Wednesday, August 1, 2012
The Chief John Ross House Association will host special guest Jerry Ellis, a Pulitzer Prize-nominated author, for a book signing at the historic house Saturday, Aug. 11 from 10 a.m. to 2 p.m.
The rich insight and firsthand experiences toward spiritual fulfillment he has gleaned throughout his life have had a powerful impact on him and his sense of self and of his Cherokee ancestry, he said. But the path he took to that ultimate place of peace was not an easy one.
Ellis grew up in the sweeping mountains of Fort Payne, Ala., but by the age of 17 he had run away from home and hitchhiked to New York City. This decision, he said, literally changed his life.
“This trek influenced me to live a life of adventure,” said Ellis. “I believe that the experience of meeting people from all walks of life is the master teacher.”
Ellis never had a clue he would become a writer. Yet at the age of 40, while in New Orleans waiting tables, he decided to quit his job and devote his time to writing the fictitious story of a man who walked the Cherokee Trail of Tears in reverse to metaphorically bring home the spirits of the 4,000 who had lost their lives on the original journey in 1838.
Then, in what Ellis describes as an act of desperation, he experienced a cathartic moment that he was the man he had written about to walk the Trail of Tears.
This is where his life turned around.
Ellis, a Cherokee native, was the first person in the modern world to walk in reverse the 900-mile route from Oklahoma to Alabama, where his ancestors had died in 1838.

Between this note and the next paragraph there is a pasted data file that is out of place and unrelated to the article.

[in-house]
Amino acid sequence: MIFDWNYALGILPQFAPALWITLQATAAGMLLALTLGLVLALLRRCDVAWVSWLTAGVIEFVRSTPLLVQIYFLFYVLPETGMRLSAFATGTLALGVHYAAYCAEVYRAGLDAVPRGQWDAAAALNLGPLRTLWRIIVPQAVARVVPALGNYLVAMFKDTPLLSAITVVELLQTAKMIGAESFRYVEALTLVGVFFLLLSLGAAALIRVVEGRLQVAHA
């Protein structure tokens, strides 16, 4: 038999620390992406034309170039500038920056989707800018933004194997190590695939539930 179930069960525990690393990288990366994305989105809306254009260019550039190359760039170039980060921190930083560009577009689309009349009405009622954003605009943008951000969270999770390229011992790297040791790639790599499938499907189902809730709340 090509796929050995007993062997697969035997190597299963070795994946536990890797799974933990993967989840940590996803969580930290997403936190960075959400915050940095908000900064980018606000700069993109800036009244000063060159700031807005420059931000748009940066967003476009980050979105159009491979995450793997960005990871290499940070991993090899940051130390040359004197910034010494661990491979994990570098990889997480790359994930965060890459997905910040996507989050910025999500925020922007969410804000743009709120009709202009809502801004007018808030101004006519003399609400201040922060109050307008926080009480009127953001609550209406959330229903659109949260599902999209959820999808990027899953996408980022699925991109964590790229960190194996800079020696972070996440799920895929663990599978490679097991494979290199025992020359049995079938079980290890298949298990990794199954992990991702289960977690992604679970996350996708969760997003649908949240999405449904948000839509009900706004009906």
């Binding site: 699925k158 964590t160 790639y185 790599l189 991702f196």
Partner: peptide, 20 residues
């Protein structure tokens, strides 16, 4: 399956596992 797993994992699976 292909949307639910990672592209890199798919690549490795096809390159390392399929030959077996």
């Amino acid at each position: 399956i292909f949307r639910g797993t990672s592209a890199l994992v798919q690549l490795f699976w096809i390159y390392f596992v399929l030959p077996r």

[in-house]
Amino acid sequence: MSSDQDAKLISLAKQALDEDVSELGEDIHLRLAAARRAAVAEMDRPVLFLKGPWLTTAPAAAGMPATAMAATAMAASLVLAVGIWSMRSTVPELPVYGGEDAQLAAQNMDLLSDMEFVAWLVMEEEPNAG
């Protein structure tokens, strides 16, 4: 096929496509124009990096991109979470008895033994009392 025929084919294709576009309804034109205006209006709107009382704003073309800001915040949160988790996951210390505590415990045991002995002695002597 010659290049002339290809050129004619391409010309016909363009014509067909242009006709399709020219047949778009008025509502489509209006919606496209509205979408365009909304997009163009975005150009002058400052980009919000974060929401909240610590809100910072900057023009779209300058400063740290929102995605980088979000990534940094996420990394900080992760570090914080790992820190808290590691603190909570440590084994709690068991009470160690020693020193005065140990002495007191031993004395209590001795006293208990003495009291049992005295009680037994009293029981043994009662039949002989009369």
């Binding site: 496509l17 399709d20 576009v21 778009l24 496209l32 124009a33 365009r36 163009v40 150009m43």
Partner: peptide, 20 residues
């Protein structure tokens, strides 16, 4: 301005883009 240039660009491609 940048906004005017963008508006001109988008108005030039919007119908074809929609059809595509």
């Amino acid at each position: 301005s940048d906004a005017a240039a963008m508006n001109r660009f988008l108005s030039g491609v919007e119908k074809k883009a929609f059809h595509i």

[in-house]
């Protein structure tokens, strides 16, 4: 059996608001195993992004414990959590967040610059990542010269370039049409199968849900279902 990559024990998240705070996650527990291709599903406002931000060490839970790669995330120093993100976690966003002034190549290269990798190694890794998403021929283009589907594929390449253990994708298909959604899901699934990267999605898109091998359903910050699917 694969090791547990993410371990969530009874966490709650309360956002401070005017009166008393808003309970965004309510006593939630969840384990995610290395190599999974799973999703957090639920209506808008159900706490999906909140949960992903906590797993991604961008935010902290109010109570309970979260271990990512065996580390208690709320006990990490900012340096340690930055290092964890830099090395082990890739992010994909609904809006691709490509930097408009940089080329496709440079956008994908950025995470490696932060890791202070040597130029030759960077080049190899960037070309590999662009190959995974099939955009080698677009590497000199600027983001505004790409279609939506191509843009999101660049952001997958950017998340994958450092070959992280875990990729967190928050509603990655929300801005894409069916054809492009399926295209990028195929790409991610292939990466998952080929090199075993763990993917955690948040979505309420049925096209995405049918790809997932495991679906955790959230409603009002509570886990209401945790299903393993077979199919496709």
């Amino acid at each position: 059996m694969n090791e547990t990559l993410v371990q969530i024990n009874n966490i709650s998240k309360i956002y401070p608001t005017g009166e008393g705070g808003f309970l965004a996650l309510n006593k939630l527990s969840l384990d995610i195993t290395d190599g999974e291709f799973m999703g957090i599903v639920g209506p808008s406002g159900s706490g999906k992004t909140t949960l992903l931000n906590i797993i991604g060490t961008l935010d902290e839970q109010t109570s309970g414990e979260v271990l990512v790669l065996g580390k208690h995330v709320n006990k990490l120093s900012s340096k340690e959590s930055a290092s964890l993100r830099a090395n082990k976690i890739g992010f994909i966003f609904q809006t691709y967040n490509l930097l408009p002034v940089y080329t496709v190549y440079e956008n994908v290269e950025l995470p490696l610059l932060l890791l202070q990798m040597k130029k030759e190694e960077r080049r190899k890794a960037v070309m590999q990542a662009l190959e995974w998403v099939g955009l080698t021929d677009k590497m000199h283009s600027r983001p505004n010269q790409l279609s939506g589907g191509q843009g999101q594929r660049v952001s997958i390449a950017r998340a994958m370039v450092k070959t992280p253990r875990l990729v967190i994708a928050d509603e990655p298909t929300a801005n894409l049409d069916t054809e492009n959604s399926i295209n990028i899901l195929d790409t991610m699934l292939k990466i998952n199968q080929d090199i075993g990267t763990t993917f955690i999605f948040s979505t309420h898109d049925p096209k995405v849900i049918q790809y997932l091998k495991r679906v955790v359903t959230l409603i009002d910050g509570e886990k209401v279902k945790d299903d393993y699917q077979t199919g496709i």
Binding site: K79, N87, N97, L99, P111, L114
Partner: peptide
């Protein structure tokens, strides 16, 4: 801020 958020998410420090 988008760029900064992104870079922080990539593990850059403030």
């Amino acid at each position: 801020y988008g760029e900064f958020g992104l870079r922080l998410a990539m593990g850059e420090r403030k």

“People can identify with my journey as I am open with my emotions and fears,” he said. “I became empowered spiritually, mentally and physically, which is the winning element — self-actualization.
“There’s a sense of pride to those who have Cherokee blood to identify with the tragedy which parallels to our lives and the personal tragedies we face daily.”
He describes and tells of his personal journey and spiritual account in his first book, “Walking the Trail: One Man’s Journey Along the Trail of Tears,” which was published in 1991 and nominated for a Pulitzer Prize and a National Book Award.
His journey is one of Cherokee history, comprised of the stories of those he met living along the Trail.
“All those years I was on the road I would listen to people and learn about them,” Ellis said. “It’s the art of listening; it is crucial in this world for empathy and compassion.”
In addition to authoring books, Ellis has written for The New York Times, produced five plays and lectured on the history of the Cherokee in schools around the world, to list a few of his other accomplishments.
“I try to encourage people to believe in themselves, have a love for life and keep that sense of adventure,” he said.
Today, Ellis divides his time between Fort Payne and Rome, Italy. His latest book, “Ciao from Roma! Spring in the Eternal City of Love,” will be available on Kindle this month. He said he hopes it will touch people’s hearts and transport them to another world without ever having to leave their home.
At the book signing Ellis will only have first edition books for sale: $40 for “Walking the Trail: One Man’s Journey Along the Trail of Tears” and $30 for “Marching Through Georgia: My Walk Along Sherman’s Route.”